And also do you know of any guides on setting up a hardware raid? I'm sure that this is what I want to go with; Its just that I have never actually setup a RAID and want to make sure that I do it correctly from the get go so that I don't loose data.
PS. Based on tests I have seen, people running a NAS get read/writes that are considerably slower that I thought they would be. People running on 1000mbps networks have a write time of ~1m 43s for a 1GB file. I can write to an External USB drive in less than half that time. Where is the bottleneck coming from? Considering its on a 1000mbps network, the theoretical speed should be around 125MBps, taking into account the overhead of the packets and such, i would expect nothing less than 100MBps as long as both hard drives are capable of reading/writing at that speed. From the tests I have seen, people are getting about 10MBps... Thats 1/10 of what the network should be capable of. Any ideas where that bottleneck is coming from and if there is a way to prevent it?
When making back up images of my machines, I also use my NAS to store those images. I only have a 10/100 connection for my home LAN but have found it adequate for direct writing of the image file from the machine being imaged to the NAS. I am also averaging 82Mbps LAN speeds across my 10/100. Gigabit LAN would/should be faster but a lot also depends on the NICs, the CAT5 cable, hard drive speed, and the router being used.
When it comes to direct writing across the LAN and/or to a CD/DVD disk, I have observed that it largely depends on the software being used to create the back up image. Some imaging apps are crap when direct writing while other are pretty snappy and have no issues. Currently I am using Macrium to create my back up images and it has been working pretty well for me.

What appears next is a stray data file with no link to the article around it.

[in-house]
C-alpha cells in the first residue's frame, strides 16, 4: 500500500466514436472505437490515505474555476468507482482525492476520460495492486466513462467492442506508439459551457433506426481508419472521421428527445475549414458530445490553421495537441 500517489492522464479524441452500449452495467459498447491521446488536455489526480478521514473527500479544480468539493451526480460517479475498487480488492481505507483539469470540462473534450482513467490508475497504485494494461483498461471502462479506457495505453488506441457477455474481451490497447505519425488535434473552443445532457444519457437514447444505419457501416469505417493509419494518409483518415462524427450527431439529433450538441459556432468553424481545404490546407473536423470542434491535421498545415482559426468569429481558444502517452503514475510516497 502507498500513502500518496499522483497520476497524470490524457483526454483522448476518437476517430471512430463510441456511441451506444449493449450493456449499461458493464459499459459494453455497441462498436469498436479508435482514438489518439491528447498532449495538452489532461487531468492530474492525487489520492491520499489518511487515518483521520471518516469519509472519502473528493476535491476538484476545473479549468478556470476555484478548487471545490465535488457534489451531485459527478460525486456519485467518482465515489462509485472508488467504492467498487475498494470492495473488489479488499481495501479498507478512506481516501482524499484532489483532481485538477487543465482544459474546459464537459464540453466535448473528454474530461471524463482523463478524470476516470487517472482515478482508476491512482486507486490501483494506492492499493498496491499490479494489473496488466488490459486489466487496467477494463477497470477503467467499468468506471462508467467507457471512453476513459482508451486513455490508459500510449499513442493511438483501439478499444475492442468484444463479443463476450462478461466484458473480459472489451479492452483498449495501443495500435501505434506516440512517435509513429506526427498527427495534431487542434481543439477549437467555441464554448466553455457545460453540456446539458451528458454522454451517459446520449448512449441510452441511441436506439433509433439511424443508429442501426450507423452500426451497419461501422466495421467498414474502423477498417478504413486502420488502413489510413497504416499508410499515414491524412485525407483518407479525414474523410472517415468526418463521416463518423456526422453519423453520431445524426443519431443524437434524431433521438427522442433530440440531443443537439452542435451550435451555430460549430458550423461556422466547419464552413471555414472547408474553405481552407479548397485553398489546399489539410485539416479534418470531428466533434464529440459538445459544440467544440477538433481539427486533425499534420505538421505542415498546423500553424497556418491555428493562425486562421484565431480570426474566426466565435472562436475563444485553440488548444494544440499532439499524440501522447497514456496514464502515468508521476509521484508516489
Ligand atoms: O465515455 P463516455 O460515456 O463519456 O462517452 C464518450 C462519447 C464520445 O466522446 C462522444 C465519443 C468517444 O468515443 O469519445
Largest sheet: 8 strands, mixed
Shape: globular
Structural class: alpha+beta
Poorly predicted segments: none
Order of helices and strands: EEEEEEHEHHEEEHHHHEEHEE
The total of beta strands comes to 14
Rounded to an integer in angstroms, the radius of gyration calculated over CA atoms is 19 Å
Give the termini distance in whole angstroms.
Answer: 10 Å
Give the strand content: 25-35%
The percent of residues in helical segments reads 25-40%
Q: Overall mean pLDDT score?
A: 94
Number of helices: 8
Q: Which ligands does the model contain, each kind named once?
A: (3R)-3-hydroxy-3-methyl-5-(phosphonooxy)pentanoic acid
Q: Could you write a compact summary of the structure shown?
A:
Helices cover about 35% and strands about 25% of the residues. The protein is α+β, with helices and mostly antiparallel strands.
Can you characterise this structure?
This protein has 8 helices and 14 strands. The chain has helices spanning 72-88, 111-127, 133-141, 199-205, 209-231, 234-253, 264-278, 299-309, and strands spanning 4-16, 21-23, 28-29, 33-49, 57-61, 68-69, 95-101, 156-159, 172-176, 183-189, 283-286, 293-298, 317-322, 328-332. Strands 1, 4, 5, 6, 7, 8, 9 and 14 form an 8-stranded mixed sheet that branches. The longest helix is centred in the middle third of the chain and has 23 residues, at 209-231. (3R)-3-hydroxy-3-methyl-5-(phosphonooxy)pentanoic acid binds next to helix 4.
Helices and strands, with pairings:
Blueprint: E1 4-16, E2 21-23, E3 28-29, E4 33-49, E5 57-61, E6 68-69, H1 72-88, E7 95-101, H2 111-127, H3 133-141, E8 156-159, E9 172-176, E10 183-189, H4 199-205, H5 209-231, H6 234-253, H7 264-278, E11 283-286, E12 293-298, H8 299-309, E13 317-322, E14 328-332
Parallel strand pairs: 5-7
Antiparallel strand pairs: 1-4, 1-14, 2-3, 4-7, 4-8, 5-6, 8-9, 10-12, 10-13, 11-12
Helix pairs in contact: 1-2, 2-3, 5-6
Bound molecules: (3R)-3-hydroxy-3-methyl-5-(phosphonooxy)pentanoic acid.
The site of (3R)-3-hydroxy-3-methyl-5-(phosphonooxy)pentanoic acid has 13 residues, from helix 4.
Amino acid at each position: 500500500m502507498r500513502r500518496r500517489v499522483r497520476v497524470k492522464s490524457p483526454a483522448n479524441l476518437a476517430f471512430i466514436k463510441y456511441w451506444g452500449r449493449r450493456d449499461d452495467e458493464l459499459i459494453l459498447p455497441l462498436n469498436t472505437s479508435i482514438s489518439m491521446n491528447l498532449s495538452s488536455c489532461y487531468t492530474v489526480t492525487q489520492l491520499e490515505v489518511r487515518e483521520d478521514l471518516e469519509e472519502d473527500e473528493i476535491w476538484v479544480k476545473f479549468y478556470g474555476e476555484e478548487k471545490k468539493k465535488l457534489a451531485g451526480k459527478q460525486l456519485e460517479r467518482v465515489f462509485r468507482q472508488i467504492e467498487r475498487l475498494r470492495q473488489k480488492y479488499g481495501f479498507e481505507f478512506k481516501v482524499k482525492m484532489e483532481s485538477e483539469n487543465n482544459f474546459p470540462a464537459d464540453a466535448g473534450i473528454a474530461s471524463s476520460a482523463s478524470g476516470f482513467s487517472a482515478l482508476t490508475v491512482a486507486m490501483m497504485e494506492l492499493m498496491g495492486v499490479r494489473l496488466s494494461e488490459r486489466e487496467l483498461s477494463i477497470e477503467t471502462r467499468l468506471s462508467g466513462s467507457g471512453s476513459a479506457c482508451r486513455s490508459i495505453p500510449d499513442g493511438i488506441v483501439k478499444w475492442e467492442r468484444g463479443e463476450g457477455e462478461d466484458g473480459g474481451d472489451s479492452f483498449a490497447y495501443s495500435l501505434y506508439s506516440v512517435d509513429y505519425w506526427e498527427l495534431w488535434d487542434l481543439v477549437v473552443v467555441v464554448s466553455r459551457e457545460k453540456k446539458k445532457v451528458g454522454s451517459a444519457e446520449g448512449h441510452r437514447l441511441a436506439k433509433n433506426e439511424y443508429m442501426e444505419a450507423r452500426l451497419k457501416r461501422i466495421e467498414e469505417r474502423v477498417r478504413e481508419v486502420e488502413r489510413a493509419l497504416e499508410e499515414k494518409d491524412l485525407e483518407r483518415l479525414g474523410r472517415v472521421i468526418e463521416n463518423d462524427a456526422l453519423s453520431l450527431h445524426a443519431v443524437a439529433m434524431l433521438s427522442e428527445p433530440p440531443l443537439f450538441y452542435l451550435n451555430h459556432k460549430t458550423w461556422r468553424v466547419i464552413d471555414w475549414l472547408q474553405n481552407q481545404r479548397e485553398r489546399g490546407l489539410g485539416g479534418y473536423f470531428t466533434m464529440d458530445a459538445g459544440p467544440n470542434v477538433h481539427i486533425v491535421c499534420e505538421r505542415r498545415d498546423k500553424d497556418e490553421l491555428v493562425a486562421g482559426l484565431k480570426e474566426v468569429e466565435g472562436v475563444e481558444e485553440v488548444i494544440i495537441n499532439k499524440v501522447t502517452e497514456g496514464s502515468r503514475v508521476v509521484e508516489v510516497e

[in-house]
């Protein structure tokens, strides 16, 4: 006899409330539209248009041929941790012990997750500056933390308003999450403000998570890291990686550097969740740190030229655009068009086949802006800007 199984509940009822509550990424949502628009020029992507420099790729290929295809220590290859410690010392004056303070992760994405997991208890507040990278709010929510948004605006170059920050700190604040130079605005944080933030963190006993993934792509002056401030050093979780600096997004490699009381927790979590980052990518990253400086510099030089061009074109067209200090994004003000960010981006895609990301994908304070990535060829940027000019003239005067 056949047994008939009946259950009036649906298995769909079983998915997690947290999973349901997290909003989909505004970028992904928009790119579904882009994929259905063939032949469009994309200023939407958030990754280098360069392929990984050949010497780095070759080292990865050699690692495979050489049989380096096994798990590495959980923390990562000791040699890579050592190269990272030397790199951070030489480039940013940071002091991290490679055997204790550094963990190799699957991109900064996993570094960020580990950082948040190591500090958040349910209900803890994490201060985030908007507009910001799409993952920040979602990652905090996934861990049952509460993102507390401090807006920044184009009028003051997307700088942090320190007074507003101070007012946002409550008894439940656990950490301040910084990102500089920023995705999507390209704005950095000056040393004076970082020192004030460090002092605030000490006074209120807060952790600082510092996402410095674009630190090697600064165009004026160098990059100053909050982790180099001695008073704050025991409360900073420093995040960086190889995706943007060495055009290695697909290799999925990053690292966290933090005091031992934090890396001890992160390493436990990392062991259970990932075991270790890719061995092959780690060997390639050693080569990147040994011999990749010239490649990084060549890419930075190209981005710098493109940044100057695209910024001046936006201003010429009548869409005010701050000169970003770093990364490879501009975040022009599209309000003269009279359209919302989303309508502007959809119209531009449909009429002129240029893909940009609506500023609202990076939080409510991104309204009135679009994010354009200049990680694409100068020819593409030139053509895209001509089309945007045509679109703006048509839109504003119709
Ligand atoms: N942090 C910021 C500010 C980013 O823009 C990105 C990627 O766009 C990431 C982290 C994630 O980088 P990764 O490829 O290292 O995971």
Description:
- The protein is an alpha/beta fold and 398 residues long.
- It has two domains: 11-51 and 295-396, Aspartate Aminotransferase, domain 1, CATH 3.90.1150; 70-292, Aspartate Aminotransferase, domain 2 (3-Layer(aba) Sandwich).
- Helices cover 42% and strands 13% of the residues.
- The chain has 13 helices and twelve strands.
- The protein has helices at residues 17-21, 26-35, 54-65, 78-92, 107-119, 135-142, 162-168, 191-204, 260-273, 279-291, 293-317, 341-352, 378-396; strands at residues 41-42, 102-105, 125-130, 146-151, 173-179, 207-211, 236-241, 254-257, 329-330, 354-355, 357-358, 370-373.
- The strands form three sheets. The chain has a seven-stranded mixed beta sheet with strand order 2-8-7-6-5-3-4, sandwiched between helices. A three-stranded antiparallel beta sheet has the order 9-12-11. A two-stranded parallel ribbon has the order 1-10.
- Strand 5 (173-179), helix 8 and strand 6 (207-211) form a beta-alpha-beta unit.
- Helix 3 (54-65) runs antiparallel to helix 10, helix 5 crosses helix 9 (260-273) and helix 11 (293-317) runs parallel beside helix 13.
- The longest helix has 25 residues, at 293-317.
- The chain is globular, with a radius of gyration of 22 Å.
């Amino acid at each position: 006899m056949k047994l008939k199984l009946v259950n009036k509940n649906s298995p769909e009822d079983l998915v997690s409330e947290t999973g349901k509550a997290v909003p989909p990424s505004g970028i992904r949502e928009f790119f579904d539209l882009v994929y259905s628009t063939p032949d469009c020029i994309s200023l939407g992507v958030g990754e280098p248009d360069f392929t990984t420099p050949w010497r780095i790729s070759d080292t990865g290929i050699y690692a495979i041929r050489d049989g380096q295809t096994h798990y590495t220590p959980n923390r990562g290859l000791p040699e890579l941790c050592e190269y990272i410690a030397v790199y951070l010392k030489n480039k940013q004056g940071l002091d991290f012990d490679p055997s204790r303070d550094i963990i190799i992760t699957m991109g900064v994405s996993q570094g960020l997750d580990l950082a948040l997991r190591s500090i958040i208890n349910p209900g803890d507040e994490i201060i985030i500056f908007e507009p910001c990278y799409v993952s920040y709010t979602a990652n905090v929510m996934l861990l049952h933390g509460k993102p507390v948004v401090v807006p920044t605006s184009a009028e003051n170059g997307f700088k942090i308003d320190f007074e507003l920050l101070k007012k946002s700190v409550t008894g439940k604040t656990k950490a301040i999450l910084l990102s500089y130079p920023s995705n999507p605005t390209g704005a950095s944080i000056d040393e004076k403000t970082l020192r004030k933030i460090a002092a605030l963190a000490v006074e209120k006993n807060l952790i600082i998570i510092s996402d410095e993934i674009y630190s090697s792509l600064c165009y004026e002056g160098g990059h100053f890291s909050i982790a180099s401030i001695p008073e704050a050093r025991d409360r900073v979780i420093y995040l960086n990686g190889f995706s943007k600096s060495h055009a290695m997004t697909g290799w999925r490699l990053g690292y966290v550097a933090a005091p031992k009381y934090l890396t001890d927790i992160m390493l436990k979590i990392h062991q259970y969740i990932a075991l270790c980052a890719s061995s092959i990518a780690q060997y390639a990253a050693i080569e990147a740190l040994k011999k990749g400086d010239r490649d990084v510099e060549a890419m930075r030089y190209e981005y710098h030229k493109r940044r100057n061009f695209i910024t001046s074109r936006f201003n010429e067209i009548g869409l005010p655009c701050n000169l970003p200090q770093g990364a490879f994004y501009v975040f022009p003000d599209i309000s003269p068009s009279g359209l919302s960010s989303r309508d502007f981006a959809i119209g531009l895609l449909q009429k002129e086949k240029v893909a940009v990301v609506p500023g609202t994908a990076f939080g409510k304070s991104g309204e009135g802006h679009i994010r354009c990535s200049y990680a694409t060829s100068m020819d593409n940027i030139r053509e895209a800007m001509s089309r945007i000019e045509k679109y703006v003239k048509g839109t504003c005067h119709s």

As far as PCIe RAID controller cards, opinions will vary as to which one is the "best", but I have been using 3Ware cards for years and have found them to be very reliable. For an 8-port SATA card, I recommend the 3Ware 9560SE-8LPML ($490+/- new/retail) or the Areca ARC-1220 ($440+/- new/retail). They are expensive cards but, IMO, worth every dollar. Given the price, an option to save some cash is to peruse eBay for used controllers. I've snagged some used warez at very reasonable prices over the years off eBay. Also check out Highpoint and Promise controller cards; but the important thing to remember when selecting a controller card is to be sure that it has an on-board I/O processor, otherwise it is not truly a hardware RAID controller. No on-board I/O processor = fake RAID!
Regarding guides to set up a RAID array using a controller, the manual is a good place to start. You can DL the manual from the makers support site and read through it before making your purchase. But mostly, it is a pretty straight forward process once you get past the jitters and jargon. Fact is, setting up a brand new RAID array using a hardware card is almost fool-proof given that there is no data on the array to lose; so, you can configure/delete and configure/delete until you are comfortable with all the controller options. Also, most/all hardware controllers have a web GUI to help with configuration if using the controller BIOS makes you nervous. Personally, I prefer to use the BIOS to configure the controller, but that's me.
Lastly, building a purpose built NAS solution using either FreeNAS or Openfiler, even with the cost of a hardware controller card, would meet your data needs and stay within your budget.